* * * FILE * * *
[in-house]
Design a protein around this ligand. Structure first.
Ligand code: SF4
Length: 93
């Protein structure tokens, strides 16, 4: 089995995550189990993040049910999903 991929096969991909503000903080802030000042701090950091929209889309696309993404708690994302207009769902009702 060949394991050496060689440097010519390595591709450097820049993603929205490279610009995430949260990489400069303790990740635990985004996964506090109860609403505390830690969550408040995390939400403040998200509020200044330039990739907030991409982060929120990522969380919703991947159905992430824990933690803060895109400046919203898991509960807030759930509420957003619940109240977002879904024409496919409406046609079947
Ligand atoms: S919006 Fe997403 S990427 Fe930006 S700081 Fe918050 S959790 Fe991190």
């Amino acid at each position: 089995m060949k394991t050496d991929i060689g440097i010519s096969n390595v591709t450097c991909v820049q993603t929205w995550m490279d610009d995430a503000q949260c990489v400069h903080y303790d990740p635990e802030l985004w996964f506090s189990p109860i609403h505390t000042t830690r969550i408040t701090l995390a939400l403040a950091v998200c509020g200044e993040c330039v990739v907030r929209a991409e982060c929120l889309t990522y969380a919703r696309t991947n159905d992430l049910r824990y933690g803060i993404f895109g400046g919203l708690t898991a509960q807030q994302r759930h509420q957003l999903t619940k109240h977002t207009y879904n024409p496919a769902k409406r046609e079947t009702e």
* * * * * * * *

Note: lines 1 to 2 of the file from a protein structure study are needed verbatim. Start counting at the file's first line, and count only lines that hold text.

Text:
[in-house]
Design a protein around this ligand. Structure first.